Thursday, August 26, 2004

History Textbooks in the News

Nanking? Comfort women? Never happened...

TOKYO, Aug. 26 The Chinese Xinhua News service reports that the Tokyo education board has decided to adopt a controversial history textbook for use in public secondary schools next spring. The textbook is "widely regarded as a whitewash and distortion of Japan's invasion history in the World War II." Xinhua states that the book's content includes the advocation of "worship to the empire by ushering in mythology and justifying Japan's aggression of Asian nations."

Japan, like the US, has its own history wars raging over rival interpretations of the nation's past. As is the case here, this struggle over the meaning of the national past is part of a political struggle for power and control over public policy and the national agenda.

The Korean press is also fuming over the textbook decision. The Chosun Ilbo online quotes Korean Foreign Ministry spokesperson Shin Bong-kil: "the textbook is based on a historical perspective of national chauvinism and justifies Japan's historic mistakes."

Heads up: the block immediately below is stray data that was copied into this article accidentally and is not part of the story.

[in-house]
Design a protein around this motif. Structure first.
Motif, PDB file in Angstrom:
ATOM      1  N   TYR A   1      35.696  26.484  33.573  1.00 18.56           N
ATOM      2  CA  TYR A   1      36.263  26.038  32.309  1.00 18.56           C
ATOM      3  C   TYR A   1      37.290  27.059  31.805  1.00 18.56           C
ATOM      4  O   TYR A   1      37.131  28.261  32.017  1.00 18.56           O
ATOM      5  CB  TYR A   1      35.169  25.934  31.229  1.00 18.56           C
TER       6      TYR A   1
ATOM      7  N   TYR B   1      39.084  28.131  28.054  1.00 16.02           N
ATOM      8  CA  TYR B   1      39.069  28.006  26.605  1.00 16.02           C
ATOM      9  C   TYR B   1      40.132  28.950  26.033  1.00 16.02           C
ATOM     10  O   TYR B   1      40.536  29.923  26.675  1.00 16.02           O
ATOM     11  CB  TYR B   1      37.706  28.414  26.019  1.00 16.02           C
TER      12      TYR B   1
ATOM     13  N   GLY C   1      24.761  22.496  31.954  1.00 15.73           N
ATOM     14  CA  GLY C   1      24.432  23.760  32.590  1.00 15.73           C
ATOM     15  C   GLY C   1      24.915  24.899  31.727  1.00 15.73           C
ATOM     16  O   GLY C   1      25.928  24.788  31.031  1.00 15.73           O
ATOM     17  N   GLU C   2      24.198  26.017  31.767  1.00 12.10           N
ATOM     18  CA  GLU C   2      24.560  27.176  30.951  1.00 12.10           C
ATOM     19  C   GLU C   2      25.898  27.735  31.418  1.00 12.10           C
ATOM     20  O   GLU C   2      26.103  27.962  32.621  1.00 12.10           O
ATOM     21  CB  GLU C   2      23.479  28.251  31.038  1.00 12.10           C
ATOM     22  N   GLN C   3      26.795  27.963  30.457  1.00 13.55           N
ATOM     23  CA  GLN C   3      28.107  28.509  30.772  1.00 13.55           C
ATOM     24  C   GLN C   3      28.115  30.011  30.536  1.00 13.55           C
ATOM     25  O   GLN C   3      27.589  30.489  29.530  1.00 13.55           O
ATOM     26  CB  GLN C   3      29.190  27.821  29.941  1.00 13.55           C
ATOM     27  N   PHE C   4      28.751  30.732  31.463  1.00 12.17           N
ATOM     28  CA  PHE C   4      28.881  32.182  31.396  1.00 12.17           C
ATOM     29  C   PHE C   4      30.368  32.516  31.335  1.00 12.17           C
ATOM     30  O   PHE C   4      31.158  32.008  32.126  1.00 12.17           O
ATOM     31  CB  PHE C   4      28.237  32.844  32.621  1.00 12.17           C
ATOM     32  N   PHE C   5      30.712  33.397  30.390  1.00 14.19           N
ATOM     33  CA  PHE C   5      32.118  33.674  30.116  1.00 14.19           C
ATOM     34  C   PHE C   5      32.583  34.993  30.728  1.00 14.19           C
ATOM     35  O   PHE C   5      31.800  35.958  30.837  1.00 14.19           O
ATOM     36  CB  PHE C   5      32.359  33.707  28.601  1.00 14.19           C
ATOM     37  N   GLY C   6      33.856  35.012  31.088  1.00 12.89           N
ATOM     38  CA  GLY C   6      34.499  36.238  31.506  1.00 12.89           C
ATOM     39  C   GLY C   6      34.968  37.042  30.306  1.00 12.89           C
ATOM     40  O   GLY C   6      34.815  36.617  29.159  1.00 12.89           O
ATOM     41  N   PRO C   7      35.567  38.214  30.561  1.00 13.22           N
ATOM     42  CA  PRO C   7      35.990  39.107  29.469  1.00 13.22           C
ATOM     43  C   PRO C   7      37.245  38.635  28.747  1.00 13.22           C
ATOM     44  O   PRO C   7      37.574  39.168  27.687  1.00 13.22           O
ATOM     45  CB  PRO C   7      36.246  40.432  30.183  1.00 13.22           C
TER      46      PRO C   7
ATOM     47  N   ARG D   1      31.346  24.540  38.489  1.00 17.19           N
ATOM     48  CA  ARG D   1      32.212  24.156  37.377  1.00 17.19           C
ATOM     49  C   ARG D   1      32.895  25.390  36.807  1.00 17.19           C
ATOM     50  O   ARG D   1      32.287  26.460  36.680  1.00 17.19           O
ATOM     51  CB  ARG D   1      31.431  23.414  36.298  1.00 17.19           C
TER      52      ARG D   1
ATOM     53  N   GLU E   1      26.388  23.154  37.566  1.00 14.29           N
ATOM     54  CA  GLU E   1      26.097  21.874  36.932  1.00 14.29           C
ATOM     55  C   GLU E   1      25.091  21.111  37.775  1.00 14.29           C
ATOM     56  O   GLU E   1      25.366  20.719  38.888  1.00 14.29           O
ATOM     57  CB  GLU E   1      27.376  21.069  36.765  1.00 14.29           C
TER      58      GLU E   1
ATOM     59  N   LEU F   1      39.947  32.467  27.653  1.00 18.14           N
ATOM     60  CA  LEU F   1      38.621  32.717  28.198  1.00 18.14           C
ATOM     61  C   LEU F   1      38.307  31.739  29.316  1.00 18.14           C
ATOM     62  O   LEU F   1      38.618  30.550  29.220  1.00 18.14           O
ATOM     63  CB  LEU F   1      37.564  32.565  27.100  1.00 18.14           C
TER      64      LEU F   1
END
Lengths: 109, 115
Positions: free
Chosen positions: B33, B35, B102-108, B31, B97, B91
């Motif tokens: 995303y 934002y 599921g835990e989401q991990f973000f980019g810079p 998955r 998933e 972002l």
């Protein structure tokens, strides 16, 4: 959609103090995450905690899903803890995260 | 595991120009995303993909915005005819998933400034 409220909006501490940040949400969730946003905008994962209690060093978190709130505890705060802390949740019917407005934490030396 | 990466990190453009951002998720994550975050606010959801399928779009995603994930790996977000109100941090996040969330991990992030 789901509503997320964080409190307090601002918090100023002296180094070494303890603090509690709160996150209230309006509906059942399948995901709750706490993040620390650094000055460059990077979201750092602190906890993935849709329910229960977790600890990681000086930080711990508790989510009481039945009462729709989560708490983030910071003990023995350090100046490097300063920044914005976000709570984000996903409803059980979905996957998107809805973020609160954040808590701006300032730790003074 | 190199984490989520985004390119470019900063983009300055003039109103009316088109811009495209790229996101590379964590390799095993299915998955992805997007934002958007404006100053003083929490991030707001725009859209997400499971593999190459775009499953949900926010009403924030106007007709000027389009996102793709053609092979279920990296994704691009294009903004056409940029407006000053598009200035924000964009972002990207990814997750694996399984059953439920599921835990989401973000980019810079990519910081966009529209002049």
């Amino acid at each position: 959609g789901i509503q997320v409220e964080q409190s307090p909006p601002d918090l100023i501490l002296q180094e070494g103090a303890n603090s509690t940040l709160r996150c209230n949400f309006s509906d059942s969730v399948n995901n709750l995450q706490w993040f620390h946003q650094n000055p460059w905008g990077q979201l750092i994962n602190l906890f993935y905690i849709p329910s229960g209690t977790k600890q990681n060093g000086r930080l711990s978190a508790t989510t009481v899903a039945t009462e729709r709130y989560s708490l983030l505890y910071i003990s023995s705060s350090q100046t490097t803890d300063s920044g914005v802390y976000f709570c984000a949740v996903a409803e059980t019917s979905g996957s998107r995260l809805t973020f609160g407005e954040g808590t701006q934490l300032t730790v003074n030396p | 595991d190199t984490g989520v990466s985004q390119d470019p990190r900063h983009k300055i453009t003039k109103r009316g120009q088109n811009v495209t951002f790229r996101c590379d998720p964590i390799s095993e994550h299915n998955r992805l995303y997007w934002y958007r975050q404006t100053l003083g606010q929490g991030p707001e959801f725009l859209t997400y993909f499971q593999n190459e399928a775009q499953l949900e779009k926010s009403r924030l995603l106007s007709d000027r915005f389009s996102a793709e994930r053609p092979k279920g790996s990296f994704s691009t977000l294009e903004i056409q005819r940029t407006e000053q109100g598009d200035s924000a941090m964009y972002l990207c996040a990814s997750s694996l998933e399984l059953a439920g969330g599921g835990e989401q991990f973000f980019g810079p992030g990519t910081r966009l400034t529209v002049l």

Japan Today: [The textbook] "has added fuel to a fierce domestic debate, and prompted an international chorus of criticism, mainly from China and South Korea, which argue that the nationalistic textbook glosses over Japan's wartime atrocities." The book has been approved for use in Hakuo High School, formerly a girls' school. Alumna Mutsuko Miki, the widow of a former Prime Minister, has urged the Tokyo education board not to adopt it. "The textbook, which does not even refer to the issue of 'comfort women,' is not appropriate to Hakuo which has been supported by women."

So-called "comfort women" were forced to provide sex for Japanese soldiers during WWII--thousands of women from Korea and and other Asian countries were press-ganged into serving the Imperial agenda in front-line brothels. "Historians estimate a majority of about 200,000 such women were from the Korean Peninsula, which was then ruled by Japan." (Kyodo News)